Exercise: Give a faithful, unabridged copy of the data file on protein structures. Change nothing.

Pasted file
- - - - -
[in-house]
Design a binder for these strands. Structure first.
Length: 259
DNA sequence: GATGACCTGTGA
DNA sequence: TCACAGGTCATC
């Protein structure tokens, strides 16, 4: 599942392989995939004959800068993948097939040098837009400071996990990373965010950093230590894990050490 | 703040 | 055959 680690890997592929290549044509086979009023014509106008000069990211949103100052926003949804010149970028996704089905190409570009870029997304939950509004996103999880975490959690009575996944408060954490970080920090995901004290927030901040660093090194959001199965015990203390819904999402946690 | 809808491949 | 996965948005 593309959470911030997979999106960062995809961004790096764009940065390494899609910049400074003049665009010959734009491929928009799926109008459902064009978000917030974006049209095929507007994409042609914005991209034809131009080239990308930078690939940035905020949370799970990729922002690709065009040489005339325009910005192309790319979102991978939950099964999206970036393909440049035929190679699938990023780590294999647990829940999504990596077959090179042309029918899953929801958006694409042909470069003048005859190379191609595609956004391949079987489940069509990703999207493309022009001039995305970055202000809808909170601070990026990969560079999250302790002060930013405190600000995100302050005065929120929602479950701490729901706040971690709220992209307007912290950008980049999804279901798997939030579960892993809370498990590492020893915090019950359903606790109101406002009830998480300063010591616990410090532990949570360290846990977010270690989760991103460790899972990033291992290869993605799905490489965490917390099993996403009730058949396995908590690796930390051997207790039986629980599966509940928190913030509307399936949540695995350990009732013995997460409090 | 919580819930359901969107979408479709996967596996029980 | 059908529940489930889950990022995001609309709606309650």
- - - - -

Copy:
[in-house]
Design a binder for these strands. Structure first.
Length: 259
DNA sequence: GATGACCTGTGA
DNA sequence: TCACAGGTCATC
């Protein structure tokens, strides 16, 4: 599942392989995939004959800068993948097939040098837009400071996990990373965010950093230590894990050490 | 703040 | 055959 680690890997592929290549044509086979009023014509106008000069990211949103100052926003949804010149970028996704089905190409570009870029997304939950509004996103999880975490959690009575996944408060954490970080920090995901004290927030901040660093090194959001199965015990203390819904999402946690 | 809808491949 | 996965948005 593309959470911030997979999106960062995809961004790096764009940065390494899609910049400074003049665009010959734009491929928009799926109008459902064009978000917030974006049209095929507007994409042609914005991209034809131009080239990308930078690939940035905020949370799970990729922002690709065009040489005339325009910005192309790319979102991978939950099964999206970036393909440049035929190679699938990023780590294999647990829940999504990596077959090179042309029918899953929801958006694409042909470069003048005859190379191609595609956004391949079987489940069509990703999207493309022009001039995305970055202000809808909170601070990026990969560079999250302790002060930013405190600000995100302050005065929120929602479950701490729901706040971690709220992209307007912290950008980049999804279901798997939030579960892993809370498990590492020893915090019950359903606790109101406002009830998480300063010591616990410090532990949570360290846990977010270690989760991103460790899972990033291992290869993605799905490489965490917390099993996403009730058949396995908590690796930390051997207790039986629980599966509940928190913030509307399936949540695995350990009732013995997460409090 | 919580819930359901969107979408479709996967596996029980 | 059908529940489930889950990022995001609309709606309650």